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Save The Children: Double benefit payment to ease the cost of living crisis

Save the Children’s Claire Telfer
Save the Children’s Claire Telfer

The Scottish Government must double its flagship family benefit payment to ease the cost of living crisis, according to a leading children’s charity.

Save The Children fears thousands of families are having to make “heart-breaking choices” as they struggle to cope with the soaring cost of everyday essentials.

The Scottish Child Payment, which provides support to families on low incomes with children under six, doubled to £20 per week per child in April.

The scheme will be available at the end of the year to all eligible children under the age of 16 and will further increase to £25 at that point.

But Save the Children has urged the Scottish Government to double the £20 payment to £40 a week to help parents offset the impact of the cost of living crisis.

The typical household energy bill is set to rise by £800 in October, bringing it to £2,800 a year, food prices are set to increase by 15% this summer and interest rates have risen to the highest level in 13 years.

Claire Telfer, head of Scotland at Save the Children, said: “The Scottish Child Payment is a landmark benefit for families that is actually making a difference. It’s getting money to families in the most straightforward and the quickest way possible.

“We think with the pressures that families are facing, though, that £25 won’t be enough and over the lifetime of this parliament we would like to see it increased again to £40.”

Save the Children and the Joseph Rowntree Foundation publish on Wednesday a joint report on the Scottish Government’s progress in tackling child poverty.

The report includes comments from parents about their priorities and the pressures they face to make ends meet.

One parent told her child: “I don’t know if I can give you a bath because I don’t know how much money I’ve got left in the meter.”

Another said: “My daughter always asks why we have to walk, why we can’t pay for the bus? I can’t afford to pay anything, even for the transport.”

The Scottish Government said almost £1.8 billion is being committed to the Scottish Child Payment scheme over the next four years.

Social Justice Secretary Shona Robison said: “By the end of 2022 our five family benefits, including Scottish Child Payment, will be worth up to a maximum of over £10,000 by the time a family’s first child turns six, over £8,200 more than is available elsewhere in the UK.

“The Scottish Government is doing everything within its powers and fixed budgets to ensure people and communities are supported as far as possible.”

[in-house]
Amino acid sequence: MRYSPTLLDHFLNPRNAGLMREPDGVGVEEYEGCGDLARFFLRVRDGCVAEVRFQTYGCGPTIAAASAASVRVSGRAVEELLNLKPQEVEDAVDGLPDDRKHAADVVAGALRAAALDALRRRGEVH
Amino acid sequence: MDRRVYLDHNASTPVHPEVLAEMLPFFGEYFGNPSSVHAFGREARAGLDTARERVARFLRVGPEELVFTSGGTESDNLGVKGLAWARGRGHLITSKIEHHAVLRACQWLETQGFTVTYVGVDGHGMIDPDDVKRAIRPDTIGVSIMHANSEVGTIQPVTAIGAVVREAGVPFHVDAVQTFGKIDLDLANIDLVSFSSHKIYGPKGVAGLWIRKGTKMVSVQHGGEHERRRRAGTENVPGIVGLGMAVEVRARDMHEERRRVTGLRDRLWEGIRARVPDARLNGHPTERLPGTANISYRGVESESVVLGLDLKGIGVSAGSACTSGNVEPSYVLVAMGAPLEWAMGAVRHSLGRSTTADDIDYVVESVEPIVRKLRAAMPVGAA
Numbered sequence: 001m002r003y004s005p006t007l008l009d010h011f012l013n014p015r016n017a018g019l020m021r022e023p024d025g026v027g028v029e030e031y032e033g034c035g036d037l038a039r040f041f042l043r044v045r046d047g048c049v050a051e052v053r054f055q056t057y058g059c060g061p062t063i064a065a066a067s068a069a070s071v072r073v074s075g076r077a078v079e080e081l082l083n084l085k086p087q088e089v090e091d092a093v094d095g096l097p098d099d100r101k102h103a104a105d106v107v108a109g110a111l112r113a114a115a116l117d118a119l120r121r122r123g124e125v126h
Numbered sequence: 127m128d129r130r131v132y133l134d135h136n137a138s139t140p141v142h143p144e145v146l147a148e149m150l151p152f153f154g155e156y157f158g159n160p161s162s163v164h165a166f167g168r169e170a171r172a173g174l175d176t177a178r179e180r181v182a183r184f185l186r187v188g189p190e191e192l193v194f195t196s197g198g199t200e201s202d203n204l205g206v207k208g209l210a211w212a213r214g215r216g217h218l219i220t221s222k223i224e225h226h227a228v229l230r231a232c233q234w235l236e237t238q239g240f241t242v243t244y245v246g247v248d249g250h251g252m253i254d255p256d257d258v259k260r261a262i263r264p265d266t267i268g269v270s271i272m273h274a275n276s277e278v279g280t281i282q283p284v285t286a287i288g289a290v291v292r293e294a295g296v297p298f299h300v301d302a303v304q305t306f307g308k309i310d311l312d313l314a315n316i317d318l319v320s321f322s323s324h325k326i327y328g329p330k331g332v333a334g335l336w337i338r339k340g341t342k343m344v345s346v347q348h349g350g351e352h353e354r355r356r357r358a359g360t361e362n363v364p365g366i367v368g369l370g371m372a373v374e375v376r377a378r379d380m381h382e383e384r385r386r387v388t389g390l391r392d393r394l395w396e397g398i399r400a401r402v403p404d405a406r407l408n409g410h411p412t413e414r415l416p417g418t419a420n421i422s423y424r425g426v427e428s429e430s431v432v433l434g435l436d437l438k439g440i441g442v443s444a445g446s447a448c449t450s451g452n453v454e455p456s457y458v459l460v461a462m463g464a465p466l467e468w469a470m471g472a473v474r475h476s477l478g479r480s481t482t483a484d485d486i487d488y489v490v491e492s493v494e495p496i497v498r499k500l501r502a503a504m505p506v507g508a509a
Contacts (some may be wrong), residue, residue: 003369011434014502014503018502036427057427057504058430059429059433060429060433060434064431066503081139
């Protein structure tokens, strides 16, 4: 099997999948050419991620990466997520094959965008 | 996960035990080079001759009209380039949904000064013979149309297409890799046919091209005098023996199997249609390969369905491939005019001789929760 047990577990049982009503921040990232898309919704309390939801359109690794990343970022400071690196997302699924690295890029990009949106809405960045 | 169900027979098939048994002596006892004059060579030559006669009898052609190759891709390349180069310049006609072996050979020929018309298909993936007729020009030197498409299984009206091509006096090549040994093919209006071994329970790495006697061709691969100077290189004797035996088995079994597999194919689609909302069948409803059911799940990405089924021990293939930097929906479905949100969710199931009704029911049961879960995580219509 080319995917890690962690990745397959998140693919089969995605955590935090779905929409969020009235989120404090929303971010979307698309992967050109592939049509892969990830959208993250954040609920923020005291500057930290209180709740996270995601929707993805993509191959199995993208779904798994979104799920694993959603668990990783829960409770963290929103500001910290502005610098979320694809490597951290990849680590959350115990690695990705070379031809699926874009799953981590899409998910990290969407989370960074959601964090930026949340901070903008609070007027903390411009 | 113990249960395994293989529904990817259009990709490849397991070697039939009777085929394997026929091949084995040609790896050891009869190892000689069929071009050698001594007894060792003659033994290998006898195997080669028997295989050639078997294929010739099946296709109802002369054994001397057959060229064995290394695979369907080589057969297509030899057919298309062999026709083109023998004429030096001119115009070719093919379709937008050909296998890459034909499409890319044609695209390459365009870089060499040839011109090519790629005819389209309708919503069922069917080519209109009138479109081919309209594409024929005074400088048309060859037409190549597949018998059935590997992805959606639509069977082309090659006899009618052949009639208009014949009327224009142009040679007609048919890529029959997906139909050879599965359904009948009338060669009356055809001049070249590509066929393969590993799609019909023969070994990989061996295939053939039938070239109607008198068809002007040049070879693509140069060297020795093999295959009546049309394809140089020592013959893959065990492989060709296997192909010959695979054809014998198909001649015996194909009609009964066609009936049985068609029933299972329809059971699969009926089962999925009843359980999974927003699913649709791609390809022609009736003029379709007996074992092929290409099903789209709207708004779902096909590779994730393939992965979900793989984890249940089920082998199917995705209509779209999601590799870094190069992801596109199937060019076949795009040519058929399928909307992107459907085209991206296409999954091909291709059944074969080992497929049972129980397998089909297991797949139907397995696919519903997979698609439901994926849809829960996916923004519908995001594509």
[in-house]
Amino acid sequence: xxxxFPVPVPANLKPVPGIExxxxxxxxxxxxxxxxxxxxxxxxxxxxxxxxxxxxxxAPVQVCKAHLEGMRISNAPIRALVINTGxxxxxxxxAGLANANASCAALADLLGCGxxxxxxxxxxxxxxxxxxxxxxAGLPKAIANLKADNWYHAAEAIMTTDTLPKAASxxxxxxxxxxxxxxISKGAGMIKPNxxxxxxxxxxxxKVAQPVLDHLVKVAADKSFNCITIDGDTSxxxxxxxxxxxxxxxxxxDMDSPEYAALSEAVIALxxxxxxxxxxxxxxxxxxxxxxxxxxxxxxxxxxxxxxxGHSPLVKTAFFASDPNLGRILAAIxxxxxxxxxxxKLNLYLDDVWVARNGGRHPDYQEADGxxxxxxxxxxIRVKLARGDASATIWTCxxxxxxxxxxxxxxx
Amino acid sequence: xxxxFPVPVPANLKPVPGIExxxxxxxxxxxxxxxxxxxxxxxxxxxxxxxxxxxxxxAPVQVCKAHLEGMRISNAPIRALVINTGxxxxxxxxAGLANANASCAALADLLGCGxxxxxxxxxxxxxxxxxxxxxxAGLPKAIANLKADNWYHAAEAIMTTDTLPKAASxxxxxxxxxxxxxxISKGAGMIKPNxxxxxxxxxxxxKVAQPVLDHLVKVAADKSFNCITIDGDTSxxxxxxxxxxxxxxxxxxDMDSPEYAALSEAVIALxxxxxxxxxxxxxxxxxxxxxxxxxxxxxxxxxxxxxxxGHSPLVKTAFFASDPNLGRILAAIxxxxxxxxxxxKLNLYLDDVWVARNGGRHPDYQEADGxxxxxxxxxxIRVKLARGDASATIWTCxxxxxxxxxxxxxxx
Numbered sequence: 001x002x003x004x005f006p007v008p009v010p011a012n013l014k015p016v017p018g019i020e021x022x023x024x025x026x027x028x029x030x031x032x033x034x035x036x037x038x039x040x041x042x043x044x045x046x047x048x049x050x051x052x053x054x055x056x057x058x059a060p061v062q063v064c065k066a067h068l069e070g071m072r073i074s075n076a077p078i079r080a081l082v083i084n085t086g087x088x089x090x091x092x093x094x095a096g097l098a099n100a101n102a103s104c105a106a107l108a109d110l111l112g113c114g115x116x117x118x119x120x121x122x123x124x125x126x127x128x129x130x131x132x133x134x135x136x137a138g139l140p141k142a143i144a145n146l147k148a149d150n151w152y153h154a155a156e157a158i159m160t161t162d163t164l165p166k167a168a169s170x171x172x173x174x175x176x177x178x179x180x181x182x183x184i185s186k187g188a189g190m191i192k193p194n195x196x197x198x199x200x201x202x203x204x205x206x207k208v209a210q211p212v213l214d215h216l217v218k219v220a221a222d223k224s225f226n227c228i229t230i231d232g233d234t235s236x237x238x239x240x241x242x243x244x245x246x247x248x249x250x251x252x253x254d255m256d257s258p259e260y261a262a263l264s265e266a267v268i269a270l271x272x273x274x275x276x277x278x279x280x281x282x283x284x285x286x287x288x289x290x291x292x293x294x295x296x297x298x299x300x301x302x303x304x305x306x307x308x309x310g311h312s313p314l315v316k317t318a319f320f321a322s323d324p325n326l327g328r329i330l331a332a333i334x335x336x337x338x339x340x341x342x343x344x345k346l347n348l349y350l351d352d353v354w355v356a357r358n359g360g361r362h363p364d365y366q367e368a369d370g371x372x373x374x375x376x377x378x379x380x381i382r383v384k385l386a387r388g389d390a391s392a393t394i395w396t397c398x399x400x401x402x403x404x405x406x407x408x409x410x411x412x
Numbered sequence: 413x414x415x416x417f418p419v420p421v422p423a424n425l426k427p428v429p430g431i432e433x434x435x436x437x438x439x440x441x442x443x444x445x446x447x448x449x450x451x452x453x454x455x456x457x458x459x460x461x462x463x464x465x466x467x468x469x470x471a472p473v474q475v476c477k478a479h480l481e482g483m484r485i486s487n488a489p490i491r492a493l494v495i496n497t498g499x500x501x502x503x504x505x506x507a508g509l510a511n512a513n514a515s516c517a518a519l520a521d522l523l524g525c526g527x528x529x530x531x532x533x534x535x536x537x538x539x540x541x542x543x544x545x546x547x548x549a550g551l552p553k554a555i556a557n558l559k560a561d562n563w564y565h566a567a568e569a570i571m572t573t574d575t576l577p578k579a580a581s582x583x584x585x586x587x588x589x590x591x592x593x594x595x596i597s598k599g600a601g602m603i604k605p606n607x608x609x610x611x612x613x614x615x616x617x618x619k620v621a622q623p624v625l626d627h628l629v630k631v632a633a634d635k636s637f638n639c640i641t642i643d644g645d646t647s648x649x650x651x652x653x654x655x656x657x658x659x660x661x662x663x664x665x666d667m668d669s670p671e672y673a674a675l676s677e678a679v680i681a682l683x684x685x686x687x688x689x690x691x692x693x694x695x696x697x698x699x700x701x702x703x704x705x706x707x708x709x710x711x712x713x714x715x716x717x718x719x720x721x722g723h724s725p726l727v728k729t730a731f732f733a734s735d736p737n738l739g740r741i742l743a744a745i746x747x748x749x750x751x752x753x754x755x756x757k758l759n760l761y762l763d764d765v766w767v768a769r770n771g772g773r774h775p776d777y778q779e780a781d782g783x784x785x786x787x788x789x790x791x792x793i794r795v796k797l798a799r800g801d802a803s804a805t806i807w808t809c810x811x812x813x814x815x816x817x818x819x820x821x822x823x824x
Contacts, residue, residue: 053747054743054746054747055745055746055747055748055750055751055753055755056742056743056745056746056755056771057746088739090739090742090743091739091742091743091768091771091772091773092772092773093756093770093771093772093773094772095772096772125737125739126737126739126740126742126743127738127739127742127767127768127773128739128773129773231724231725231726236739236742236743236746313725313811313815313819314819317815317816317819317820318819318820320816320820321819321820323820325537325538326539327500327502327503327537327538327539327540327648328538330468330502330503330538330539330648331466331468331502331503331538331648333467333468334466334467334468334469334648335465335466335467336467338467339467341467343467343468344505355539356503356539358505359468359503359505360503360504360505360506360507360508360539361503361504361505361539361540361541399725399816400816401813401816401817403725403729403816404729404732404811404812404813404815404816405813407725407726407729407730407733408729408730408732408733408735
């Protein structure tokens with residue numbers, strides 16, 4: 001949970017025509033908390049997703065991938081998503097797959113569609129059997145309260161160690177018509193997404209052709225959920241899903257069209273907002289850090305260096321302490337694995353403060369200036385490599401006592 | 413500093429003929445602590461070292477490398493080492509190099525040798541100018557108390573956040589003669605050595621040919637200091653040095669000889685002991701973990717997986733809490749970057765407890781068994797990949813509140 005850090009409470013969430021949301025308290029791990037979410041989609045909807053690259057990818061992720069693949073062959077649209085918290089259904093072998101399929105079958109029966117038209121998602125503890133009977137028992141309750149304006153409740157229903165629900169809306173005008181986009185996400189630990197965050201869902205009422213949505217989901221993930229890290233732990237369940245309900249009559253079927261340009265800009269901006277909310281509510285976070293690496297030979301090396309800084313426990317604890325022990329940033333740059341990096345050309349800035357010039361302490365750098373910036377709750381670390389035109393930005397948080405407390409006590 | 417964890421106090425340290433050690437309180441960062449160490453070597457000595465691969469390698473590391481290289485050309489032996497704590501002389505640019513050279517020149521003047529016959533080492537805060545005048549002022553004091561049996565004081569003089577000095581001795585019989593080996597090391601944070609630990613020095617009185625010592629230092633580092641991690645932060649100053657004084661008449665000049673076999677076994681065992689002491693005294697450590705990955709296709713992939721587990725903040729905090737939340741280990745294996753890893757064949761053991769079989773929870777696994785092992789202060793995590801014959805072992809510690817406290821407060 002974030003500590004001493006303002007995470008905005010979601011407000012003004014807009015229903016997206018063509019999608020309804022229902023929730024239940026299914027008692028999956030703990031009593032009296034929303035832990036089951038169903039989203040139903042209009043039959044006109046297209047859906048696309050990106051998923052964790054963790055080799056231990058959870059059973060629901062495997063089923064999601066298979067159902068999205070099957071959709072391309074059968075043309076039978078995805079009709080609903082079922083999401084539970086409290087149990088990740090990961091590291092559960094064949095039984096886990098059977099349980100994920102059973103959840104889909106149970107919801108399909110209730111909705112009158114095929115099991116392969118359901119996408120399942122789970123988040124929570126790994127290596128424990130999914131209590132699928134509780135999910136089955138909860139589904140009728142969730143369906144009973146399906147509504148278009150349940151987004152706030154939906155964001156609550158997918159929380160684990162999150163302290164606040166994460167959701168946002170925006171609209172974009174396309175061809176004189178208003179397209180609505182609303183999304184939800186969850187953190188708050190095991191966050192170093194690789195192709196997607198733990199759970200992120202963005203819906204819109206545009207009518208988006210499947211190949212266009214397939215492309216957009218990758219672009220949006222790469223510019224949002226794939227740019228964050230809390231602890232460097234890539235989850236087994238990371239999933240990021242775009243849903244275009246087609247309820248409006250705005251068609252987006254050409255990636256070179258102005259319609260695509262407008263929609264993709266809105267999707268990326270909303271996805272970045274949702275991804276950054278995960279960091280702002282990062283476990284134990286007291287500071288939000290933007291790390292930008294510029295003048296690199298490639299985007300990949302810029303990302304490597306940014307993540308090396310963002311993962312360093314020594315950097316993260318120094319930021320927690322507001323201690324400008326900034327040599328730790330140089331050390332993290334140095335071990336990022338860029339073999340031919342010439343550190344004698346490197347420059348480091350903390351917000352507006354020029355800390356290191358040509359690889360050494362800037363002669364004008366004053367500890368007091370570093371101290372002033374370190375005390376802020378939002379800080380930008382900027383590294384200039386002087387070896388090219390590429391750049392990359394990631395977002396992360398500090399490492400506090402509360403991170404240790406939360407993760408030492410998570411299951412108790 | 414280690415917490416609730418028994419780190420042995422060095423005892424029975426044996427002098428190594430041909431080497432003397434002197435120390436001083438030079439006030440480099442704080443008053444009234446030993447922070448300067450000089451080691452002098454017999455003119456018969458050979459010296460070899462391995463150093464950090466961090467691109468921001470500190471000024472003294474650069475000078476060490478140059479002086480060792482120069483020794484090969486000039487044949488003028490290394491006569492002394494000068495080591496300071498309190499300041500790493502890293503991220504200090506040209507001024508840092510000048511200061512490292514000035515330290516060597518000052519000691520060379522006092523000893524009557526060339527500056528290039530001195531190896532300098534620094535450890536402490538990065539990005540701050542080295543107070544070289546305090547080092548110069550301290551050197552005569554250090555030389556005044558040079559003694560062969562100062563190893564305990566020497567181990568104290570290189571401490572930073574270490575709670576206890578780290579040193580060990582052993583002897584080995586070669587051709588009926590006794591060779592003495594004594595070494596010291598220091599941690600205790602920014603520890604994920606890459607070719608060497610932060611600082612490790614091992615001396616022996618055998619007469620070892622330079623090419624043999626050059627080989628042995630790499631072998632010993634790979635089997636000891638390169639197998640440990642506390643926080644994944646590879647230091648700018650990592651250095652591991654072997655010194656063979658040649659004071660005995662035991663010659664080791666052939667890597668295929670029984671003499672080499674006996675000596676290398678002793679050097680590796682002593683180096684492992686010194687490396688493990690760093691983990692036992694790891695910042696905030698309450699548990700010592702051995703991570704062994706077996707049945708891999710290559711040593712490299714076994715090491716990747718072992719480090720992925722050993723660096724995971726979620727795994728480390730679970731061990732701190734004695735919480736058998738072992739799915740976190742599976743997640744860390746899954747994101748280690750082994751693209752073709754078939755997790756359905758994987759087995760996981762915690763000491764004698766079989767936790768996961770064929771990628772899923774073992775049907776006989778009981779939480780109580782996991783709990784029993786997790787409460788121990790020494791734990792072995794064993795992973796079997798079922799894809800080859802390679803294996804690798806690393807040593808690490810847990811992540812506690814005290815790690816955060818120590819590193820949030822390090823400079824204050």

Giving help directly to families at risk is most effective assistance

By Claire Telfer, head of Scotland at Save the Children

Parents will always put their children first – choosing to skip meals when there’s not enough food to go around, never buying anything for themselves and walking to save the bus fare.

We are deeply concerned that the rising costs of essentials means there’s even less slack to pull on. Multiple pressure points will leave parents panicking about how they’ll afford even the basics and no amount of money-saving hacks will make their budgets stretch far enough.

This is not just the experience of a few, with more than one in four children in Scotland living in families experiencing poverty, and even more struggling to get by on low wages, this crisis is felt by hundreds of thousands of families. With the impact of the pandemic still being felt and the cost of living crisis, more and more families are being dragged into poverty.

Scotland has taken enormous steps towards supporting families with the introduction of the Scottish Child Payment which gives low-income families with children under six an extra £20 per week. This will be increased to £25 and rolled out to all families with children 16 and under later this year. Giving cash directly to families, to make the decisions that are right for them and their children is the best way to support people out of poverty.

But implementing the recently published Scottish Government’s Child Poverty Delivery Plan will be even more critical. There is much to welcome in the plan – but we know, there is a wide gap between policies and plans and the reality for families.

The Scottish Government must use every tool to help alleviate the worst effects of the cost of living crisis in the short term and ensure we have the economy, social security and services that support families and prevent them falling into poverty in the future.

A parent sums up their situation by telling us: “You need to survive. I need food and heat for my weans. Who wants to go to a foodbank. Needs must, but it’s still… it’s the pride.”